There are some things that you can't insure against...

Nugent : That's true. But there are some interesting ways that you can mitigate risk. For instance, I actually ask the different government bodies that regulate our industry to come in and audit us every single year. People laugh and ask me, "Isn't that a pain in the rear end?" And I say, "No, it's a 15-minute audit. But then we have a conversation for an hour and a half with the auditor to help us understand what's on the horizon around the employment tax law issues. So, gaining information and arming yourself with knowledge is a good way to mitigate some of those other risks.

Is it really just a 15-minute audit?

Nugent : Most of the time.

Fung : If you think about insurance in a traditional mindset, then you figure out your risk and go to an insurance broker in order to mitigate it. But Jeff is pointing out that you can look at insurance in a broader way, as involving getting information from key people who could have an impact on your business, such as the Canada Revenue Agency. Or that could involve your suppliers, insuring yourself against the risk of a price hike in what they sell you.

How do you choose which insurance coverage you need and at what levels?

Feltham : I have a long-standing relationship with my insurance broker. In fact, I coach his son in hockey; so, if my broker doesn't treat me well, his son gets benched! I rely on my broker 100% to tell me what I need and don't need. I share all my numbers with him, and he knows where my company is heading so we can proactively make sure we're insured appropriately. Sometimes, there are types of insurance he wants me to have that I arm-wrestle with him about because I don't necessarily see the value. That doesn't mean we won't do it. But the past two years have been lousy, so I've had to pick and choose what I insure. I'm up front with my broker. I'll tell him, "Not yet-I don't have the cash flow to do that. We'll do it at another time."

Phoebe, how do you choose the type of insurance you have?

Fung : Our management team sits down and builds a matrix of the likelihood of each impact-so, if XYZ happens, what impact will it have on the business? Then, we look at what can be covered and how we can protect ourselves. Next, we speak to our insurance broker about which insurance products can cover off these events and who else could take on that risk. Sometimes, we tweak our supplier contracts to clarify: "OK, you're going to take this piece of the risk until I receive the product." That way you put some of the risk back onto other people. I sit down with my insurance broker twice a year, and I give him a call whenever the needs of my business change. We're now in a situation in which we have an operating unit and another unit under construction. And the day I signed the lease on the new unit, I called my broker and said, "Let's discuss how that will change my risks and insurance needs."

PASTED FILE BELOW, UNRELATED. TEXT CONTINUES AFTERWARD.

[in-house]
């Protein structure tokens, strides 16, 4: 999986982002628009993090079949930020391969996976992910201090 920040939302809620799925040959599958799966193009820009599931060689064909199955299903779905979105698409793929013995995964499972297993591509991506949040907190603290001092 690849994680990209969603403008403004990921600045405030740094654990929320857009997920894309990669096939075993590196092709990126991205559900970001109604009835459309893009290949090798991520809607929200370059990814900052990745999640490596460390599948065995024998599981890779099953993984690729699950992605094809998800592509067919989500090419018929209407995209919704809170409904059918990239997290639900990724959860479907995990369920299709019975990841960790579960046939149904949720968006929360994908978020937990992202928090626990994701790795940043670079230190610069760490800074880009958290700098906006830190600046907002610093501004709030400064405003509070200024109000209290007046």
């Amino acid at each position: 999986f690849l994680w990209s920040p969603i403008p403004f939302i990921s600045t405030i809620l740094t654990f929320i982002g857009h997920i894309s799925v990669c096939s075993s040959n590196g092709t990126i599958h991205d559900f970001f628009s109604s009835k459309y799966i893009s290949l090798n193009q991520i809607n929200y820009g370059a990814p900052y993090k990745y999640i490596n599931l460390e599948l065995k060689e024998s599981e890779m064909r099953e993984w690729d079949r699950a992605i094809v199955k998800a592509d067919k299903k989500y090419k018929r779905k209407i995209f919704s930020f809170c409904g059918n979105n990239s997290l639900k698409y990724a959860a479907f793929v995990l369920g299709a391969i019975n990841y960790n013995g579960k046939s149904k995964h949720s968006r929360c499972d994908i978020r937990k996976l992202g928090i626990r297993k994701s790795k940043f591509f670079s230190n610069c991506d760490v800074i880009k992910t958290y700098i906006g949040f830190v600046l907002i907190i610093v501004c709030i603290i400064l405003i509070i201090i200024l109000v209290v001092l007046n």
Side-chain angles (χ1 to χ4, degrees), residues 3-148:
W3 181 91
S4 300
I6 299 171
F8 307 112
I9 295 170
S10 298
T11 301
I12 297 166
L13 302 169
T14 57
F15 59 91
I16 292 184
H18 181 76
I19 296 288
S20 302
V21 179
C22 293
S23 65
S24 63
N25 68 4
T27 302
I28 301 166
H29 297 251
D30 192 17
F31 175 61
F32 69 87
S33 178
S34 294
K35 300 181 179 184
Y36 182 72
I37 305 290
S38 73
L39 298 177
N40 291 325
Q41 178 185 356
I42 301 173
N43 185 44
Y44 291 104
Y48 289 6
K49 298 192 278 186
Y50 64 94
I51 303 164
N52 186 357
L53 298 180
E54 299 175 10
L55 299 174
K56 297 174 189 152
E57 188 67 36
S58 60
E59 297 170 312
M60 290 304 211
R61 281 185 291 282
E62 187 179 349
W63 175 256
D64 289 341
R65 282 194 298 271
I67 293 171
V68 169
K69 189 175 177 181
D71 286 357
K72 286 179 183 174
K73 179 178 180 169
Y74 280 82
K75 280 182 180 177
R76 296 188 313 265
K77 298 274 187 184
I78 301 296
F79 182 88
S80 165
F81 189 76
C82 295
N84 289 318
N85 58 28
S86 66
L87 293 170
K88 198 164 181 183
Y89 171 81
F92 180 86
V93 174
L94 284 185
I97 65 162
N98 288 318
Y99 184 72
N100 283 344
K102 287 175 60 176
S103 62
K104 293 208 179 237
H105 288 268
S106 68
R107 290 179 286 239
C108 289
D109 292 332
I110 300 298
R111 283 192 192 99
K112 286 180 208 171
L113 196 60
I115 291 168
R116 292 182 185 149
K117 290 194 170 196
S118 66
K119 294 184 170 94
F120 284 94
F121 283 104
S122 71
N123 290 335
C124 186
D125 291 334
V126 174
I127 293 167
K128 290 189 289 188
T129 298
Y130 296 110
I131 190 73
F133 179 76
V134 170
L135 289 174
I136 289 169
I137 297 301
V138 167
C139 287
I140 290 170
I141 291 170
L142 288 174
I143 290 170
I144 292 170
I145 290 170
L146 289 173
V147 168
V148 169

Ince : How do you make sure you aren't needlessly overly insured?

Fung : I rely on my insurance broker a lot for that. It's about mapping out the likelihood of a particular impact. I don't care if my laptop gets stolen, so long as I have a risk-mitigation plan in which I'm backing up everything automatically every week. It's about figuring out what is really going to sink your business, the probability of it happening and the impact if it does. I focus on those things that have higher probability and higher impact. Then, we look at our contracts with, for instance, lenders and landlords to make sure we're insured for what those contracts cover. Liability is a big issue in our business, especially to cover losses from patrons who drink and drive. You want to make sure you over-insure for that. Because even though the likelihood is low, the impact is very high.

Ryan, which questions would you advise business owners to ask before they consider working with a new insurance broker or to evaluate the service they're getting from their existing broker?

Mitchell : The biggest thing for a small business is to partner with a broker who has experience in your industry. Someone who knows your industry can understand the challenges you're having and be much better able to provide you with the best advice and the right coverage. They see the claims, they see the trends; they can advise you on how much and what type of coverage you should have. As well, a good broker will have contracts with the right insurance companies. You want to make sure that your broker has access to a lot of different markets-and the right markets for your business. Not every insurance company can insure every type of business and exposure. So, whether it's having multiple insurance companies or multiple products, I think experience is probably the biggest thing for a small business to look for in a broker.